In contrast to fast fashion, the slow movement has welcomed the rise of slow fashion. Slow fashion is a considered approach to clothes making that differs entirely from fast fashion practices.

It focuses on well-made clothes produced with minimal harm to the environment. It takes into account all aspects of the supply chain to minimize waste, reduce pollution, respect people and nature, and move away from the damaging effects of instant gratification.

In essence, slow fashion goes back to basics. Fashion was always slow before the Industrial Revolution hit. People took the time to make their clothes fit perfectly and last a lifetime. They took pride in what they wore and mended any damages should they occur.

Fortunately, consciousness is growing, and people are becoming more mindful of their fashion choices. Society as a whole is moving toward a slower way of living with the rise of mending, recycling, upcycling, second-hand shopping, and more mindfulness about brands.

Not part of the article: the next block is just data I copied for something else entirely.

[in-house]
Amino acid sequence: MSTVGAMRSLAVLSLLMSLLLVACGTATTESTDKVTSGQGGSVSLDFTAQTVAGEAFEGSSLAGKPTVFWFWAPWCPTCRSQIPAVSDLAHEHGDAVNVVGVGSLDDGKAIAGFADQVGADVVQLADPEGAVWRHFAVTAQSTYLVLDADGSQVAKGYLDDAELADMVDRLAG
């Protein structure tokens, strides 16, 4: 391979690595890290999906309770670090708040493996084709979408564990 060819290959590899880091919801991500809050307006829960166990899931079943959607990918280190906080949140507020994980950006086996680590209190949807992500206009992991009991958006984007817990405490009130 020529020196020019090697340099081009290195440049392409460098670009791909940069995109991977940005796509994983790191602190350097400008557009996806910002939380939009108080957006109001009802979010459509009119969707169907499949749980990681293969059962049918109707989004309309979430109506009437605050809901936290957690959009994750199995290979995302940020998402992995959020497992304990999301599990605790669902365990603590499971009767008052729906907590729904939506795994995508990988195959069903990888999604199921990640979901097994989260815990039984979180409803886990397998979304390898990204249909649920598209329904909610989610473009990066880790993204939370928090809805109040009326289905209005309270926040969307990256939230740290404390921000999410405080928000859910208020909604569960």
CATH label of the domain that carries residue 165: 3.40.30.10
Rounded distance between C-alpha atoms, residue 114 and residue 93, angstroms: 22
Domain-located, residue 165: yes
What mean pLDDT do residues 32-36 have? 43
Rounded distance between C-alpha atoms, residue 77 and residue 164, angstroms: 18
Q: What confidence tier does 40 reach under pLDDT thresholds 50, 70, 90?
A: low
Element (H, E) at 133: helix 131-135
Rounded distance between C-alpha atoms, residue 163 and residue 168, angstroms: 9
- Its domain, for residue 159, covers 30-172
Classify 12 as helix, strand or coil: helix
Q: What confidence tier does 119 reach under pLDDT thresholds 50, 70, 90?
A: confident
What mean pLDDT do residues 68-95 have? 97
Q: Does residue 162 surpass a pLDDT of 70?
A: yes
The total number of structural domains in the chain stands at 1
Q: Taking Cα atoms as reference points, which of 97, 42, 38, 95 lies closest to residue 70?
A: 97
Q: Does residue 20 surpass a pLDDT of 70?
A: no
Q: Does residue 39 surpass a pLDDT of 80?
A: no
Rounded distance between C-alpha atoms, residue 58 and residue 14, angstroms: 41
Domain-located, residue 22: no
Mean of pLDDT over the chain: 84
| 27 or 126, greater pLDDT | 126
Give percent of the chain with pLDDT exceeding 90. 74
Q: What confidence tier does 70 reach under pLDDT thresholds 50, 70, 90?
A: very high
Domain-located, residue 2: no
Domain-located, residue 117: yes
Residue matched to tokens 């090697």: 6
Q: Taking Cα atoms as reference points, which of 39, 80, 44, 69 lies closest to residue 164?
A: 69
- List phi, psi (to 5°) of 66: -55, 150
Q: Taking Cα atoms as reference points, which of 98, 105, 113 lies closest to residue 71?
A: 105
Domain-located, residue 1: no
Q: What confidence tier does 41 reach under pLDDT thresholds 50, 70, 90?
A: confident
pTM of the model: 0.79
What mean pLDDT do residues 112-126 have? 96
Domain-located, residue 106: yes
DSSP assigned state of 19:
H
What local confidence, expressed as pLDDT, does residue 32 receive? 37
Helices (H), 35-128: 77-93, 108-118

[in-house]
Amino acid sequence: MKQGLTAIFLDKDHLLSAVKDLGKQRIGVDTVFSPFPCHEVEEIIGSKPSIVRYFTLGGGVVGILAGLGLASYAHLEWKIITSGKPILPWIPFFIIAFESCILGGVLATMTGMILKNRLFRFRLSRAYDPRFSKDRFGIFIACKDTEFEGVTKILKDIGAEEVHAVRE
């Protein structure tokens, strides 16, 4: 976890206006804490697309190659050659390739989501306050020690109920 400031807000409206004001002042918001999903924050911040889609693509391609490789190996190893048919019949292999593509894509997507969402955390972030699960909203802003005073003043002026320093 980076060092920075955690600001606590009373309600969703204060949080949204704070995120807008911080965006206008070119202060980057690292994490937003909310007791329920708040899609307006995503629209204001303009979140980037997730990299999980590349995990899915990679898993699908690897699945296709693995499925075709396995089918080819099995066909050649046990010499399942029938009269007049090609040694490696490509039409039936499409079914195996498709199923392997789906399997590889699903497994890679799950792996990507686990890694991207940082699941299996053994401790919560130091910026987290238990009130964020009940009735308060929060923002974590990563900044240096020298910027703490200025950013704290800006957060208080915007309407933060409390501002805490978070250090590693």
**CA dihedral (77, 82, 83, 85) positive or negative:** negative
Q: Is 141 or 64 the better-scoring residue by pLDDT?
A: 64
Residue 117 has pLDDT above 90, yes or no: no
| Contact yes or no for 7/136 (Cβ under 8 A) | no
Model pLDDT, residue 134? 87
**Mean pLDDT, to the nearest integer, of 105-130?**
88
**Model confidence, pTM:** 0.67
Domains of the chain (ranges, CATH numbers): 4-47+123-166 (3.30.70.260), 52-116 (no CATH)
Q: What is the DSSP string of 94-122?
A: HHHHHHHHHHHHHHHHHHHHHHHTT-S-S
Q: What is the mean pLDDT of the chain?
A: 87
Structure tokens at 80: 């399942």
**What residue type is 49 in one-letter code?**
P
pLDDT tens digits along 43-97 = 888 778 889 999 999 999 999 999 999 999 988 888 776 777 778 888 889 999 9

One example of a brand following slow fashion principles is the American clothing brand Reformation, offering 100% carbon neutral items and ensuring sustainability is at the core.

Clothes now

More than 60% of clothes today are made in developing countries, with 65% of the world’s garments manufactured in China.

It is the world’s largest goods manufacturer and importer of textiles, and is sometimes referred to as the ‘world’s factory.’ According to the National Bureau of Statistics, a whopping 23.54 billion garments were produced there in 2021. The country is favored for its skilled workforce and low labor costs, attracting both fast fashion and high-end brands.

Over 60% of clothes today are made from synthetic materials, including acrylic, elastane, and nylon. Polyester is the most popular material. Unfortunately, these synthetic fibers are made from chemicals derived from fossil fuels, contributing to fashion’s enormous carbon footprint.

Fashion has never been under as much scrutiny as it is today. The spotlight is shining on the industry as consumers demand more transparency about where their clothes are made and who is making them.